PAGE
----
By Lewis Willis
Not long ago I received a request for written answers to some passages from the Psalms. Specifically, the inquiry concerned certain statements from David regarding mechanical instruments of music. The first passage was Psalms 149:3-4: “Let them praise His name in the dance: let them sing praises unto Him with the timbrel and harp. For the Lord taketh pleasure in His people: He will beautify the meek with salvation.” The second passage was Psalms 150:3-5: “Praise Him with the sound of the trumpet: praise Him with the psaltery and harp. Praise Him with the timbrel and dance: praise Him with stringed instruments and organs. Praise Him upon the loud cymbals: praise Him upon the high sounding cymbals.” It is evident from these two passages that David was speaking of worship to God engaged in by him and his peers. Furthermore, I would affirm that the worship to God was a worship with which God was pleased at that time. One would be hard pressed to deny that David used mechanical instruments in his worship. The question is not, “Did David worship God acceptably while using his instruments?” The question is, “Does David’s worship constitute a pattern for the worship of the church?”, or, “Are David’s actions authority for church action?”
I think that we could agree to the following. If these Psalms are to be used as authority for the worship of the church then everything mentioned would have to be included in that worship. So what would be the character of this worship? There would be singing of praises which would be accompanied with the following: timbrel, harp, trumpet, psaltery, stringed instruments, organs and loud and high sounding cymbals. If this is authority for the church then the church must have all – not some – of these instruments in its worship. But, wait a minute, that is not all. Both passages affirm that the singing of praise must be accompanied by the dance. Keep in mind, you cannot just pick and choose from Scripture the thing(s) that you want. In this case, everything involved in this worship is authorized if anything is authorized. Before you answer, “That’s fine with me,” you’d better stop to consider what this dance is that would be incorporated into the worship of the church.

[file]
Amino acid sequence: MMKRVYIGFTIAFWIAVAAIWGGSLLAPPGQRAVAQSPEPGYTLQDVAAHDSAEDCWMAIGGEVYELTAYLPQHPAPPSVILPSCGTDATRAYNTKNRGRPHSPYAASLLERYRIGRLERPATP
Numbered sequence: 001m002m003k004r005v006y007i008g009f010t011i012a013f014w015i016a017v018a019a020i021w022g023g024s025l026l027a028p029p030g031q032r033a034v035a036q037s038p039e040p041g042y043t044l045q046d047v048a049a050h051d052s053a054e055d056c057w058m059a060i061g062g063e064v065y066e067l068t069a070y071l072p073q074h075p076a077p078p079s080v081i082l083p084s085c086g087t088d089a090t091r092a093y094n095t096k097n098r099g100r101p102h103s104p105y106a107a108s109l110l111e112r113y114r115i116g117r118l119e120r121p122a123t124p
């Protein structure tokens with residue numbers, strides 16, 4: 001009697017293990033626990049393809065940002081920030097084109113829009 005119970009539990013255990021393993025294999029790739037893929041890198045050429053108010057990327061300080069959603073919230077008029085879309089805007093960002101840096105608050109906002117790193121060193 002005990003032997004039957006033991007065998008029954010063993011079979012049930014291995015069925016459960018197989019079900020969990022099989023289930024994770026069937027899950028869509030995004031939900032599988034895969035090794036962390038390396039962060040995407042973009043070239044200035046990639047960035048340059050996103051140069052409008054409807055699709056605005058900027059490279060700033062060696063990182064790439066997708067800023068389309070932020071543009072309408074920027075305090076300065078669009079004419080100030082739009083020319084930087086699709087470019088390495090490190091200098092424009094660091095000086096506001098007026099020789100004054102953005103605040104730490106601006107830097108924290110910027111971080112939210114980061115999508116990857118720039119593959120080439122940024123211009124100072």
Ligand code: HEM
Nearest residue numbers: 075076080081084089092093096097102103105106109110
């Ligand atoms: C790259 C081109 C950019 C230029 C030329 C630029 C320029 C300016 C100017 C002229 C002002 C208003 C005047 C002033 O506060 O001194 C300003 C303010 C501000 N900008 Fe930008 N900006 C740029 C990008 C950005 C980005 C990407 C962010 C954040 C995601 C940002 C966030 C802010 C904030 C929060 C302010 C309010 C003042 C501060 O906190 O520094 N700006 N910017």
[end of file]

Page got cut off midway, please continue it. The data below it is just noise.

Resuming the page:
Gesenius’ Hebrew-Chaldee Lexicon To The Old Testament is to the Hebrew language, in which the Psalms are written, what Thayer is to the Greek language and Webster is to the English language. The definition Gesenius gives to the word translated “dance” describes a rather interesting worship activity. He said it is “well compared to skipping” (p. 193). Additionally, he says it “is also done according to thythmical numbers, and is connected with singing and music” (p. 248). On page 260 he expands the definition of the term to include, “to go round in a circle …. to keep a festival, from the idea of leaping, and dancing in sacred dances …. especially of a public assembly.” On page 416 he says the meaning includes “to run.” Finally, he said the idea of “dance” denotes “to go in a circle, to revolve . . . hence to turn, to turn one’s self about, . . . to dance in a circle . . . to leap . . . to chirp, to twitter, as a bird” (p. 717).
What an interesting worship this would be – all of the mechanical instruments playing their wonderful sounds and all of the worshipers gathering in a circle. They skip and leap rhythmically, run and revolve around, chirping and twittering as birds. I wonder if the modern church is ready for this? It was this kind of dance Miriam engaged in after the Red Sea had been crossed (Ex. 15:20). Also, it was this sacred dance which David engaged in, “leaping and dancing before the Lord,” which caused his wife Michal to despise him for the spectacle he made of himself before the nation of Israel (2 Sam. 6:14-20). Keil and Delitzsch commented on the festive dance, noting “the chief instrumental accompaniment is the . . . tambourine” (“Psalms”, Vol. III, page 415). Can’t you image the modern preacher saying, “Honey, did you bring your tambourine for my sacred dance at worship this morning?”
Now remember, the advocates of the use of instrumental music in worship want to use these two passages to prove their practice is acceptable. But if they authorize and/or demand the use of an instrument in worship, then they authorize and demand sacred dancing in worship. The next time you hear about a preacher who is willing to accept the consequence of his position on Psalms 149 and 150, and incorporates sacred dancing in his worship, please contact me and let me know about it. I think I’d take a week’s vacation and drive to Kansas to see such a spectacle. And I would really go out of my way to see the application these fellows would make of the next verse in our first text, Psalms 149:5. The Scripture says, “Let the saints be joyful in glory: let them sing aloud upon their beds.” Some folks who like to sleep through sermons are anxiously awaiting the introduction of beds “into the worship.” I think I’ve seen a few times when beds would be the most appropriate thing to have. But don’t hold your breath until you hear bout it. No need to worry, the dance will not be incorporated, just the part that human minds want included. The rest will be rejected without any compulsions of conscience whatsoever.